In an unprecedented show of disclosure, Minister Rabbitte’s Department of Communications, Energy and Natural Resources published a document on the internet which not only shared their inner fears about public opposition to their plans for obtaining planning permission for the Grid25 projects, but also included an excellent Opinion from the learned Michael Conlon SC.
This is neither a new document nor a novel concept. The signs prohibiting entry to EirGrid are proof of that. I remember seeing it on Boards.ie in 2011, but that was before the pylon menace, and it did not interest me. It has, however, recently reappeared, and this reappearance has caused a fair amount of discussion and consequent uncertainty regarding the right of EirGrid employees to enter your land. I shall do my best to explain the import of the Conlon Opinion.
When seeing this document for the first time, a reader would feel that finally the government is taking Aarhus seriously, and is sharing relevant and valuable information. Alas, the disclosure of this document has nothing to do with Aarhus, but is rather the result of an FOI request made in 2011. In other words, it was a compelled disclosure rather than a voluntary act of a government wishing to properly inform its citizens. Having said that, it was quite surprising to find the legal Opinion, which would ordinarily be a privileged document and therefore exempt from FOI disclosure in terms of Section 20(1) of the FOI Act.
Put simply, the concept of privilege in the law of evidence refers to the right of a party to refuse to allow certain information or types of information to be used as evidence in any proceedings. The most important of these is legal privilege, which allows a client to forbid the publication of or use as evidence any communications between that client and his/her lawyer, on the grounds that a person must be able to freely confide in their lawyer without fear of these confidences being shared with a third party. This very important privilege is protected by the above mentioned Section 20(1).
By publishing this Opinion on its website, the Department has surrendered any claim to legal privilege as would usually apply to communications between lawyer and client. In other words, as the client of the lawyer, by broadcasting the communication to a private third party (in this case the WWW = whole wide world), the Department cannot protest against that communication being used, by way of example, in any future litigation.
Perhaps the Department thought that as the cat was out of the bag, it might as well publish the document on its website? However, to give credit where credit is due, it was very nice of the Department to do that, even if it was tucked away in the recesses of that website. Alternatively, somebody lost their job for publishing the Opinion (assuming that they were caught – perhaps it is one of EirGrid’s army of whistleblowers?).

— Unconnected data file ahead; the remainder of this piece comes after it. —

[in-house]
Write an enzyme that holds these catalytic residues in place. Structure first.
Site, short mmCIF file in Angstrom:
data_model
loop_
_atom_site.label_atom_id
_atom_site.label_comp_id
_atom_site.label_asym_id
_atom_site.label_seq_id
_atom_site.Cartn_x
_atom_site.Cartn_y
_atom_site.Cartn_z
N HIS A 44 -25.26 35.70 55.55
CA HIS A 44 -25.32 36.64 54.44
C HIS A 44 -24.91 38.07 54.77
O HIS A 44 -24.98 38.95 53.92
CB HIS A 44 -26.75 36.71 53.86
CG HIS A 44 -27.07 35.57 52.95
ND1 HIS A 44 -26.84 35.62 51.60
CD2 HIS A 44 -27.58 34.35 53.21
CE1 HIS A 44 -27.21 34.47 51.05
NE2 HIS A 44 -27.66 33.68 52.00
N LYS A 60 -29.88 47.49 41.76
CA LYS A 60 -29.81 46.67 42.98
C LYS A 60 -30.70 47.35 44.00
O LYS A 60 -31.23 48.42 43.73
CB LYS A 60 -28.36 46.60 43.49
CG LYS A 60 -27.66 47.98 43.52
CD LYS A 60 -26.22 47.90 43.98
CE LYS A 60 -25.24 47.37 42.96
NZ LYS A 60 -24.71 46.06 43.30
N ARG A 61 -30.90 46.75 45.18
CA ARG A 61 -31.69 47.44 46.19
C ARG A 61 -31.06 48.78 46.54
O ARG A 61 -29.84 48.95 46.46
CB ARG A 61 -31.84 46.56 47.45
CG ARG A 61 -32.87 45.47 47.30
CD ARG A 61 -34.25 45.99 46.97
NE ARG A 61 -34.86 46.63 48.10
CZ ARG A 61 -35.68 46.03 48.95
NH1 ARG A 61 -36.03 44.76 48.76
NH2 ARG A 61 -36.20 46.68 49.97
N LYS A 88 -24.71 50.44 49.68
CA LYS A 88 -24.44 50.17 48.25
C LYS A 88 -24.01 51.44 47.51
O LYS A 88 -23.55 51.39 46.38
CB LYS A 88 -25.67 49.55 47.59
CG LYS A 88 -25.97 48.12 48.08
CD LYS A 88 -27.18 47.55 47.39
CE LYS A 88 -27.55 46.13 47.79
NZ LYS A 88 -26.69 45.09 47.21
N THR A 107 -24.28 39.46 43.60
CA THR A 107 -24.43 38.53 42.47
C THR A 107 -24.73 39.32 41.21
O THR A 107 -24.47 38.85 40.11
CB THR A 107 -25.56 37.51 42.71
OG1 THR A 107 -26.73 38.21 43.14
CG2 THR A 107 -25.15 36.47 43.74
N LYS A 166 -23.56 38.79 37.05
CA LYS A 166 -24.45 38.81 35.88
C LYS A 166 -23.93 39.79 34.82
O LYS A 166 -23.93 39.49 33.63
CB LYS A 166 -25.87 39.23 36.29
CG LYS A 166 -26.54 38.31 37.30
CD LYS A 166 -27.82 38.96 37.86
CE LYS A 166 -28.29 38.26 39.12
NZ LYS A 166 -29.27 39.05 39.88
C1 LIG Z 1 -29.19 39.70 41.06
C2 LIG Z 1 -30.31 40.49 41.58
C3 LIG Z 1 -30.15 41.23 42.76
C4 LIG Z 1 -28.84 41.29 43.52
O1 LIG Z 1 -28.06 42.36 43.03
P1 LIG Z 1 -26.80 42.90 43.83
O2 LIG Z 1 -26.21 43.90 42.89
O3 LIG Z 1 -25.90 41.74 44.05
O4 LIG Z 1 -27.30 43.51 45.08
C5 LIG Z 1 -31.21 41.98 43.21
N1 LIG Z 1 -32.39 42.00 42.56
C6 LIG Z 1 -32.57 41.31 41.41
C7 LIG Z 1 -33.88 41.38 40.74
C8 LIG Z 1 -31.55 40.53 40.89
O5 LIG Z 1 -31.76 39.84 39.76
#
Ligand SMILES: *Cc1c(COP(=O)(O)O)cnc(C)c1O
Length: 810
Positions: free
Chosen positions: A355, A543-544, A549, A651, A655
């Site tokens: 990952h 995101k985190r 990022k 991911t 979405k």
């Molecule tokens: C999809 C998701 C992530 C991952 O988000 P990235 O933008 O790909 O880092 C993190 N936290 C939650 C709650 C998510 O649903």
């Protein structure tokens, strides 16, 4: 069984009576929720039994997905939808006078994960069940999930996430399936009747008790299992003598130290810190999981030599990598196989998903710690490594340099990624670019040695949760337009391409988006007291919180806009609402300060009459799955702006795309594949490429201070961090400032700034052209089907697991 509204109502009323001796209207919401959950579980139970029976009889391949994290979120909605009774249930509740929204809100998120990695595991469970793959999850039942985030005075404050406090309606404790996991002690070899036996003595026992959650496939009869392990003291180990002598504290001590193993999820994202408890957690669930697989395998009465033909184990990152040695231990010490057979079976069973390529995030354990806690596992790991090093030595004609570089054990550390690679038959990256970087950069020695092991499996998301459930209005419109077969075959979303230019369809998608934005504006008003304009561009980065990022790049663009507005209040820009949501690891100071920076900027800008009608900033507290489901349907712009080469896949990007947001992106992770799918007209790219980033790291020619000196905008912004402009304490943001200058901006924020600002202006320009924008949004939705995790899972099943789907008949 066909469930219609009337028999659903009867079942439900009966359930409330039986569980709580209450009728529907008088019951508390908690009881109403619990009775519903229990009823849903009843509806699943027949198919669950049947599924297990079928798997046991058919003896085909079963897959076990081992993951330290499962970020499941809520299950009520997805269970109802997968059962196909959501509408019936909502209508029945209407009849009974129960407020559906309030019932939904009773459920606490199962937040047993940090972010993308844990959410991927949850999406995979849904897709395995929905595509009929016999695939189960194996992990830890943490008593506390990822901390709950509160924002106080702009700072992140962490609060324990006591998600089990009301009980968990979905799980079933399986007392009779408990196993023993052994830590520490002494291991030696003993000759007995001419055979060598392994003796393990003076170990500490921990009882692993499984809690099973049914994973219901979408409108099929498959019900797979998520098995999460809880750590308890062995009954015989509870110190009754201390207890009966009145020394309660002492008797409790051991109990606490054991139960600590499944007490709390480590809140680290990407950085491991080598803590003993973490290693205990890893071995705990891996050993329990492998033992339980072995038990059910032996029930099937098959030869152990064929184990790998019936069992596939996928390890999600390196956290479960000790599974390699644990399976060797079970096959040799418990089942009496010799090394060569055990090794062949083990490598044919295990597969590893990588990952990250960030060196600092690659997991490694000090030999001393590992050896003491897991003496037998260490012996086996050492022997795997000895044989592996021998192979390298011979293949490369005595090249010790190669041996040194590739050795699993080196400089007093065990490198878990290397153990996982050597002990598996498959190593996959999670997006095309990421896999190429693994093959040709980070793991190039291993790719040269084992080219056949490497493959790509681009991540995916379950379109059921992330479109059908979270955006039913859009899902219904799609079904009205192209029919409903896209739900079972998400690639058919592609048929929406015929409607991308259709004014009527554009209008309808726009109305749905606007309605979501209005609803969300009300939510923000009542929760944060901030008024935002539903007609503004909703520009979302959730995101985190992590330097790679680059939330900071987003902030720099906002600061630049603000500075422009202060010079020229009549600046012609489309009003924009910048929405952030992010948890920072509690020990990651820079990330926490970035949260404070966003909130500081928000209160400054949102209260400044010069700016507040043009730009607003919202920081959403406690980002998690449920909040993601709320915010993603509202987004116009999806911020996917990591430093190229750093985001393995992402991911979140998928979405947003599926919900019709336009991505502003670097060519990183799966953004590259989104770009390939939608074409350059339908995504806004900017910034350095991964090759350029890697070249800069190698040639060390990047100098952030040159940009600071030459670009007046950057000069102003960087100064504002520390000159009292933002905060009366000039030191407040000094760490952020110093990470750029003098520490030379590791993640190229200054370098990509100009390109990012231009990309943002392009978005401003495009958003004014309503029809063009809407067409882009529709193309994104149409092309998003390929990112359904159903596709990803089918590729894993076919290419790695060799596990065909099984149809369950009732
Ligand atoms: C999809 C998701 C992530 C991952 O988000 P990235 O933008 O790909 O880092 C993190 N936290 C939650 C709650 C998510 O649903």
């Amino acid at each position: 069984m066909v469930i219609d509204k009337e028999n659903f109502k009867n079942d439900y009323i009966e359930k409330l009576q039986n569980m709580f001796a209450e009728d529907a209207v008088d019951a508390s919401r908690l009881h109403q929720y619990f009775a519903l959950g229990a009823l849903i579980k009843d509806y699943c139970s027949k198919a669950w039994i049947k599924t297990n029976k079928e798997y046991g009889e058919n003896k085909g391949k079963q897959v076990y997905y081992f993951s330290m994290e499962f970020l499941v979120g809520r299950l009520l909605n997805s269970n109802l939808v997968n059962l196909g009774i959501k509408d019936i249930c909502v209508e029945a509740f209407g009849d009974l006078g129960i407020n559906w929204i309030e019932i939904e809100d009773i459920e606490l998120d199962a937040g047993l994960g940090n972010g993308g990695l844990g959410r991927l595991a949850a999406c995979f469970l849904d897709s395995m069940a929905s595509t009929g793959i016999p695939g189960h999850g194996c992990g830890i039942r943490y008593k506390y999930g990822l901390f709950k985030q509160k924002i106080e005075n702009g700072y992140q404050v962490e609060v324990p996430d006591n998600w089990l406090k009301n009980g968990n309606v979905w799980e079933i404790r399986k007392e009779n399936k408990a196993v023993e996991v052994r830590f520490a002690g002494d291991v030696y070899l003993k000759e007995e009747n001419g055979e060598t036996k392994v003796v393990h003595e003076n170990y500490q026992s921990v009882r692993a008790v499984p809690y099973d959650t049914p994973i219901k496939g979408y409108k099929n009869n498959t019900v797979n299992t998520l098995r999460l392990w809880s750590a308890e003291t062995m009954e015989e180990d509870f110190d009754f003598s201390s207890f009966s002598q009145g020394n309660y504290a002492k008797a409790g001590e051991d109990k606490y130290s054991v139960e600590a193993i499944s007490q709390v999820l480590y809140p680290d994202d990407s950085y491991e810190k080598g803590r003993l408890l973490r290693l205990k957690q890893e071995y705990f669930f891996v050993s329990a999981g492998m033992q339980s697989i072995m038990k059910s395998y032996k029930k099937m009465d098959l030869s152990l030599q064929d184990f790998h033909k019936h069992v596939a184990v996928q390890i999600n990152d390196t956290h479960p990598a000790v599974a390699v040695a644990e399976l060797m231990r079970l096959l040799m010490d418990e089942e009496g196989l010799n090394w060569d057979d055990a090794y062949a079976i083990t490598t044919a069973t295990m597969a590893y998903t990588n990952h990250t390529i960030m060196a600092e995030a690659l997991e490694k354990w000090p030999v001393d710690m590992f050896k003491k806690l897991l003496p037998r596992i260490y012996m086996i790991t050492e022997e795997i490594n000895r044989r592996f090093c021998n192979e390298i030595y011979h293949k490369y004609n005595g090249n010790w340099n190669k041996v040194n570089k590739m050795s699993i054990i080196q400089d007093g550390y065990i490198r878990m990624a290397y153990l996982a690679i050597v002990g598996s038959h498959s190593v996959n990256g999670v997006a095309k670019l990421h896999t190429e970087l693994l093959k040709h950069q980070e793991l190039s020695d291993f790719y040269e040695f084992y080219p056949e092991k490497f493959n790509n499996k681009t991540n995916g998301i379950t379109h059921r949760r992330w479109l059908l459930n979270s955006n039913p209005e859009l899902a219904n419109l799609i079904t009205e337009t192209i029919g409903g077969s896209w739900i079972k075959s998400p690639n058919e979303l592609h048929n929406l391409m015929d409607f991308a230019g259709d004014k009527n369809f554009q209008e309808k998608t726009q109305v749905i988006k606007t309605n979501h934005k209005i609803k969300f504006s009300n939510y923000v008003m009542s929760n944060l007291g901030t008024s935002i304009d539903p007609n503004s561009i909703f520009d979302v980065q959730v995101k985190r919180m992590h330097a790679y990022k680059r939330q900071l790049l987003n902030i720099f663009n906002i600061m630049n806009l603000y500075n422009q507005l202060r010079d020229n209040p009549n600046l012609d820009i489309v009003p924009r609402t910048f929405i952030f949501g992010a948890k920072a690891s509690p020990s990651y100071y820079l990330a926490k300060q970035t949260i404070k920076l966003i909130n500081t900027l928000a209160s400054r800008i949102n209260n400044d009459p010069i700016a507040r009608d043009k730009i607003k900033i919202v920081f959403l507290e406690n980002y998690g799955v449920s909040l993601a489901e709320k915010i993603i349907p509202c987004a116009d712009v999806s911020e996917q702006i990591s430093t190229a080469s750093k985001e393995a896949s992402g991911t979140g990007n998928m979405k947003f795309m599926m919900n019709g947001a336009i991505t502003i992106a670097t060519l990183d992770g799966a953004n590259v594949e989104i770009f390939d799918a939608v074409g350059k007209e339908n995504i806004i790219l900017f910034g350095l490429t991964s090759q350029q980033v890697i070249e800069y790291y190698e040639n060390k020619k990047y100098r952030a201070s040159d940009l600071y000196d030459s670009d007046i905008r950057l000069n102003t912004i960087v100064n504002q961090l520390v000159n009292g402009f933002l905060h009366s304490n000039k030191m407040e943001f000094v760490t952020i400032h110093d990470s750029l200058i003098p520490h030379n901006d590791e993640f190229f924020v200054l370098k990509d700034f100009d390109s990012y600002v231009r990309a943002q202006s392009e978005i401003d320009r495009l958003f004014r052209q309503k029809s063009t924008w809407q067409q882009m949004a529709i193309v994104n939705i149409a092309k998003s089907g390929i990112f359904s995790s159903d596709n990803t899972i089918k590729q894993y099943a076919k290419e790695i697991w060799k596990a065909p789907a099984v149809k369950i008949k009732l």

It is important to understand, however, with the greatest of respect to Mr Conlon, that this is only an Opinion; it does not have the force of law.
Regarding the question of employees entering your land, Section 53 of the 1927 Act authorises ESB employees to do just that.
Section 53 of the 1927 ESB Act is a very comprehensive section and deals with the question of way-leaves (which allows someone to be on your land and/or use your land). Essentially it says that the ESB must try and get the consent of the landowner to enter and work on the land but if this consent is not given within a week of it being requested, the ESB can thereafter enter the land to carry out their functions. In other words, you might as well agree to the ESB coming onto your land as they will eventually enter anyway. We all know of the rather tragic case of Teresa Treacy who tried to stop the ESB from entering her land.
The question is, has EirGrid inherited these powers?
In a nutshell, what Mr Conlon points out is that the ESB powers transferred to or conferred on EirGrid are some of the powers originally conferred on the ESB by the Electricity (Regulation) Act of 1999. However, Section 53 is part of the ESB Act of 1927, and not the 1999 Act. Therefore none of the powers conferred on the ESB by the 1927 Act have been transferred to EirGrid. More specifically, none of the Section 53 powers enjoyed by the ESB have been transferred to EirGrid.
A similar point was raised, but not conclusively decided, by Judge Laffoy on 22 July 2011 in her judgment of Electricity Supply Board and Eirgrid Plc v John Commins  IEHC 316. Interestingly enough, Laffoy J. made a similar ruling in Roddy’s case (which involved a compulsory purchase order)
(see: http://books.google.ie/books?id=nVEQAgAAQBAJ&pg=PA292&lpg=PA292&dq=section+53+ESB+Act+1927+and+EirGrid&source=bl&ots=zRvyYQbX-I&sig=rmGKDIIhzOriOEn3jtCMZ3WdK5U&hl=en&sa=X&ei=M1C_U8bdCInVPPzkgPAH&ved=0CEYQ6AEwBQ#v=onepage&q=section%2053%20ESB%20Act%201927%20and%20EirGrid&f=false ).
Accordingly, what this Opinion is saying is that, unlike ESB employees, EirGrid employees do not have the right of a way-leave. This means that EirGrid employees would need the consent of the landowner before entering onto the land. Therefore, following the reasoning in the Opinion, if you refuse to give that consent, an EirGrid employee can never come onto your land, as the ‘wait-for-two-weeks-before-entering’ power in terms of Section 53 has not been given to EirGrid employees.